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W. Jean Dodds, DVM 938 Stanford Street Santa Monica, CA 90403 310-828-4804; FAX 310-828-8251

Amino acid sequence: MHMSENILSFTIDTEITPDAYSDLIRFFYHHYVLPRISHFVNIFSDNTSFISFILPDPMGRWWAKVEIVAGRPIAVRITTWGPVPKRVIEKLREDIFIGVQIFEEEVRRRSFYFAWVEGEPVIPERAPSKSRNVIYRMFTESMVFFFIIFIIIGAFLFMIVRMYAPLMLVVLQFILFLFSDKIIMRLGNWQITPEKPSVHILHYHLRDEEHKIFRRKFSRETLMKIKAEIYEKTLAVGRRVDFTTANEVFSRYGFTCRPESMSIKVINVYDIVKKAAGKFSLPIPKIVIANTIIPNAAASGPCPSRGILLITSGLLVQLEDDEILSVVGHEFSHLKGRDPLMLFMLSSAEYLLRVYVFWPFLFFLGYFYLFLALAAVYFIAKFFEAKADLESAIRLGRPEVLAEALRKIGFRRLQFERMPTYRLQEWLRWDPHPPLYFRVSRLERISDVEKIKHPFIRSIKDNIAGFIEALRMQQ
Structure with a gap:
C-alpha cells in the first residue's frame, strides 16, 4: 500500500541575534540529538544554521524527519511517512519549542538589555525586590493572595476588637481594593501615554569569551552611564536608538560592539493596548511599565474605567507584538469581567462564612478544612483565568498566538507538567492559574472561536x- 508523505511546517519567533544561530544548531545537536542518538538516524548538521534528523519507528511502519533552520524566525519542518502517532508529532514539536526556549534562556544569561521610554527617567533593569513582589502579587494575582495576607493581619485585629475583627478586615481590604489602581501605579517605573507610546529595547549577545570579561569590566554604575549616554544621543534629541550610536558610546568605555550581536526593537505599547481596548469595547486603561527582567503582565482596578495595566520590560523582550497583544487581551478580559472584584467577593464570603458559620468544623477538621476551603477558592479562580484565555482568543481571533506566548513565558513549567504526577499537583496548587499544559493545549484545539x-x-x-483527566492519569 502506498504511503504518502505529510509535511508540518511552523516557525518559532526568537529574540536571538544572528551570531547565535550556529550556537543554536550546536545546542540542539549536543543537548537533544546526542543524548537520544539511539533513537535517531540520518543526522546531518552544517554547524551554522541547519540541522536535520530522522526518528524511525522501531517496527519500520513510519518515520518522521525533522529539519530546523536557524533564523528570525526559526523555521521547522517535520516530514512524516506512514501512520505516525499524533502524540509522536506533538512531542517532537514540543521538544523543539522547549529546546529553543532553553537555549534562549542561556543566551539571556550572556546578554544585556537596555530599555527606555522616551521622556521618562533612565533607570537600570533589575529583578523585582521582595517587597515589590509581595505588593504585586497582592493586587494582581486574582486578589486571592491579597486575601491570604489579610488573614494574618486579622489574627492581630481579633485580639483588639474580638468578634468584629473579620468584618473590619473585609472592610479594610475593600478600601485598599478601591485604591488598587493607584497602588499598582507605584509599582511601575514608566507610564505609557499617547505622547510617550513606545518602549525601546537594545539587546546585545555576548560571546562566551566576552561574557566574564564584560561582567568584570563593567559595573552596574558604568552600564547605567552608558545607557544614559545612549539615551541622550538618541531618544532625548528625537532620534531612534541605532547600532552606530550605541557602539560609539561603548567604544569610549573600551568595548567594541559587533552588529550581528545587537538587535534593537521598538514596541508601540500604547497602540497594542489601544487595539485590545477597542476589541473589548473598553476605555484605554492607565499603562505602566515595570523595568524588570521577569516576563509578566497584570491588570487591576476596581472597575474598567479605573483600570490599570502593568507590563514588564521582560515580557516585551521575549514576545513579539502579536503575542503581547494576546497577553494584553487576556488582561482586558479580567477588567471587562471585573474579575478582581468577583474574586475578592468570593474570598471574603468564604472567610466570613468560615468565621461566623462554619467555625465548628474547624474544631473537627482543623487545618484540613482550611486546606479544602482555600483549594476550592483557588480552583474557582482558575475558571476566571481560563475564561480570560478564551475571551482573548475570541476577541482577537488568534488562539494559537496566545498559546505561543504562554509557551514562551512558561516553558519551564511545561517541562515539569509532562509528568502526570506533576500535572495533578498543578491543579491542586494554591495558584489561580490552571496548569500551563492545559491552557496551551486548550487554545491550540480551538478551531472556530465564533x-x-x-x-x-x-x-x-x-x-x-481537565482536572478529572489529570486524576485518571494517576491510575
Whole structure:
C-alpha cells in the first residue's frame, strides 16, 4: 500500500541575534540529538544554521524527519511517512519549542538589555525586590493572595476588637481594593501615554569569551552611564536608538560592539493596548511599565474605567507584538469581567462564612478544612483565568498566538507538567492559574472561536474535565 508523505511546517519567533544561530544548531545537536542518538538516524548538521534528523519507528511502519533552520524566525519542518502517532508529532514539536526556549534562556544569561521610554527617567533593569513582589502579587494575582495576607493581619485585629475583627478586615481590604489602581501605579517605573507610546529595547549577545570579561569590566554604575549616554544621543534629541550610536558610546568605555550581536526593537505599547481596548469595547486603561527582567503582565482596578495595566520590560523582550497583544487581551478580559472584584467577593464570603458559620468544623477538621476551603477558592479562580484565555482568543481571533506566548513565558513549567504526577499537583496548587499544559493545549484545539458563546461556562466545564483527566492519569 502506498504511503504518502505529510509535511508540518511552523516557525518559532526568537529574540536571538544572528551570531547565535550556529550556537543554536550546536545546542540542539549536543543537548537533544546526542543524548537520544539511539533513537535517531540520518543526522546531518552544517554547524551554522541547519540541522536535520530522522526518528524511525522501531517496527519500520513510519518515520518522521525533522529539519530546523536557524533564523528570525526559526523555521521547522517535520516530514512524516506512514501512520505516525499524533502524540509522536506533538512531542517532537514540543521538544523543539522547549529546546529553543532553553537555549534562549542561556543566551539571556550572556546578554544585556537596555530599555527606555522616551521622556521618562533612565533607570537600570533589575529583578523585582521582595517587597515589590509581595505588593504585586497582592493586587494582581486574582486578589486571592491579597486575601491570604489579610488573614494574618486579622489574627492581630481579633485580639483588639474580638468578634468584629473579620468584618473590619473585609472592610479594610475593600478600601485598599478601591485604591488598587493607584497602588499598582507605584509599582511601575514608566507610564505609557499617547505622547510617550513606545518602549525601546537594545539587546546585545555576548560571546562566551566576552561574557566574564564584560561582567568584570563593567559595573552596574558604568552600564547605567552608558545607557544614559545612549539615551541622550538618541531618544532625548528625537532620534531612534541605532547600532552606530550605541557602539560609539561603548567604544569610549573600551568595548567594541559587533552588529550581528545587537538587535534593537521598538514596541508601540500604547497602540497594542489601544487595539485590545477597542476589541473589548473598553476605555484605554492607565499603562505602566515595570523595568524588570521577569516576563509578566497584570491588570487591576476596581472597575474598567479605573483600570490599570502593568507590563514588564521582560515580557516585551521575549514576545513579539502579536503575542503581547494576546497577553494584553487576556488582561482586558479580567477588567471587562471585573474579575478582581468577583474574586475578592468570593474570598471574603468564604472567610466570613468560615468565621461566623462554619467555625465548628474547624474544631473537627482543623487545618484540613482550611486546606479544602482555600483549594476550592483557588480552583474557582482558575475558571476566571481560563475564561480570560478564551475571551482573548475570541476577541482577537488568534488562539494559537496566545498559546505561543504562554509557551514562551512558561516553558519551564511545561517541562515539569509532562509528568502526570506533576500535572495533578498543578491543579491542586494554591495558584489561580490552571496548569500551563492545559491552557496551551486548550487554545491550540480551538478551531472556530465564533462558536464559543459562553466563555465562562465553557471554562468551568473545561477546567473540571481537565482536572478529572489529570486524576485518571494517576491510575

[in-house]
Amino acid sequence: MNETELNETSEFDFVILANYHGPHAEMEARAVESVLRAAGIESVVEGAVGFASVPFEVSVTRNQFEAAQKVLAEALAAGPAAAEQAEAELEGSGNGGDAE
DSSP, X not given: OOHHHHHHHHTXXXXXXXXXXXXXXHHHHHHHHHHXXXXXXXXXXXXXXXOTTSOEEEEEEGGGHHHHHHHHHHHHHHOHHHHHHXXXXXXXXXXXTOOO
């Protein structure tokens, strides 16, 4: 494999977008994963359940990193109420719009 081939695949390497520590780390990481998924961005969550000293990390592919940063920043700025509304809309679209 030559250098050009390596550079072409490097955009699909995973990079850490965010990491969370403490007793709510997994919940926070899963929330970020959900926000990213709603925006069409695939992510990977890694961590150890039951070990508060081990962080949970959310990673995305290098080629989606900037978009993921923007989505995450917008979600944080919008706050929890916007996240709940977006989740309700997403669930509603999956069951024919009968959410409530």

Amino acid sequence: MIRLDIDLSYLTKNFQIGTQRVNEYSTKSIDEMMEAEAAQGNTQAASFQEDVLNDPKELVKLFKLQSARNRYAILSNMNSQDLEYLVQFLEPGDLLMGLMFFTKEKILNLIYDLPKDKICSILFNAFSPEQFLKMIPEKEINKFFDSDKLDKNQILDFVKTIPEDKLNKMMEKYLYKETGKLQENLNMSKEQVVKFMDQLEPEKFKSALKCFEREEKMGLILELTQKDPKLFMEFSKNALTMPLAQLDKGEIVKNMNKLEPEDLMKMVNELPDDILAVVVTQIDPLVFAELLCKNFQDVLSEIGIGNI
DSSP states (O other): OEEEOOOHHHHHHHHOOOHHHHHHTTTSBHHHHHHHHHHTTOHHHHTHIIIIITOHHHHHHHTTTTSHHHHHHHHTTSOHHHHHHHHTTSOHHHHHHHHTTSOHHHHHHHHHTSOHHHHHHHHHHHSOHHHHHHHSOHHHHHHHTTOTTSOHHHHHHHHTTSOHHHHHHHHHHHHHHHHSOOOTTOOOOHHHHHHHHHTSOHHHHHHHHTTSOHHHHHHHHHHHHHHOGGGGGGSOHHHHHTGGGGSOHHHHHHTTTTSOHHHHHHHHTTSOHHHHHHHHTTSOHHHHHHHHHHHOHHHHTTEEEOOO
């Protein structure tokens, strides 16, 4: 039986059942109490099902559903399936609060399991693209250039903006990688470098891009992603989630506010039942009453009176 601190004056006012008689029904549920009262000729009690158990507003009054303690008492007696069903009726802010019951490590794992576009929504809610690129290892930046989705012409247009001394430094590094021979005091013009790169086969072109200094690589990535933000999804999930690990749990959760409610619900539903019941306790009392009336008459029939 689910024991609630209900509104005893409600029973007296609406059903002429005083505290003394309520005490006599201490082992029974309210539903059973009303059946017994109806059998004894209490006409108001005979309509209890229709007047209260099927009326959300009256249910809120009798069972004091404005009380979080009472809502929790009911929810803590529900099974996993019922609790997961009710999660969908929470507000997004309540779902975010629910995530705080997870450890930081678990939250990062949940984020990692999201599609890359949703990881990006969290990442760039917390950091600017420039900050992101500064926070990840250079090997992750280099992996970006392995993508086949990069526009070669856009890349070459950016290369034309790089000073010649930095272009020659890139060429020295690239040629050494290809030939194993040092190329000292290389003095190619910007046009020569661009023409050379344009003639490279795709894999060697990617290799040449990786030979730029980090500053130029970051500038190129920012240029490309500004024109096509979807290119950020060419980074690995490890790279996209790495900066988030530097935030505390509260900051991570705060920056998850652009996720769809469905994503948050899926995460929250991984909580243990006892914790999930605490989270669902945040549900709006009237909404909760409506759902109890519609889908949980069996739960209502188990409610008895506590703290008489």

Nutrition and the Immune System Wholesome nutrition is the key to maintaining a healthy immune system and resistance to disease. Commercial foods ingested by animals on a regular basis may not be balanced in terms of major nutrients, minerals and vitamins, and some continue to add chemicals to the final product to enhance its stability and shelf-life. Nutritional deficiencies or imbalances as well as exposures to various chemicals, drugs and toxins present a continual immunological challenge, which can suppress immune function, especially in those animals genetically susceptible to immune dysfunction (immune deficiency, autoimmunity, allergies). Genetic differences between individuals lead to quantitative variations in dietary requirements for energy and nutrient needs, and to maintain health. Also, genetic defects may result in inborn errors of metabolism that affect one or more pathways involving nutrients or their metabolites. While minimal and maximal nutrient requirements have been established for most vitamins and trace mineral elements, optimum amounts for every individual cannot be assumed. Examples of important vitamin and mineral requirements in this regard include vitamin C, vitamin E and selenium, vitamin A, copper and vitamin B12 . Similarly, a wide variation occurs in the energy needs of dogs depending on their breed, age, sex, and size. Nutritional factors that play an important role in immune function include zinc, selenium and vitamin E, vitamin B-6 (pyridoxine), and linoleic acid. Deficiency of these compounds impairs both humoral as well as cell-mediated immunity. The requirement for essential nutrients increases during periods of rapid growth or reproduction and also may increase in geriatric individuals, because immune function and the bioavailability of these nutrients generally wanes with aging. As with any nutrient, however, excessive supplementation can lead to significant clinical problems, many of which are similar to the respective deficiency states of these ingredients. Supplementation with vitamins and minerals should not be viewed as a substitute for feeding premium quality fresh and/or commercial pet foods. Synthetic antioxidants like butylated hydroxyanisole (BHA) and butylated hydroxy-toluene (BHT) have been used as preservatives in human and animal foods for more than 30 years. Today, pet food manufacturers may prefer to use ethoxyquin, because of its excellent anti-oxidant qualities, high stability and reputed safety. But significant controversy surrounds issues related to the safety of ethoxyquin when chronically fed at permitted amounts in dog and cat foods. Chemical antioxidants have been linked to inducing or promoting a wide variety of cancers, although the published literature is both disturbing and contradictory in this regard. Toy breed dogs may be particularly at risk because they ingest proportionately more food and preservative for their size in order to sustain their metabolic needs.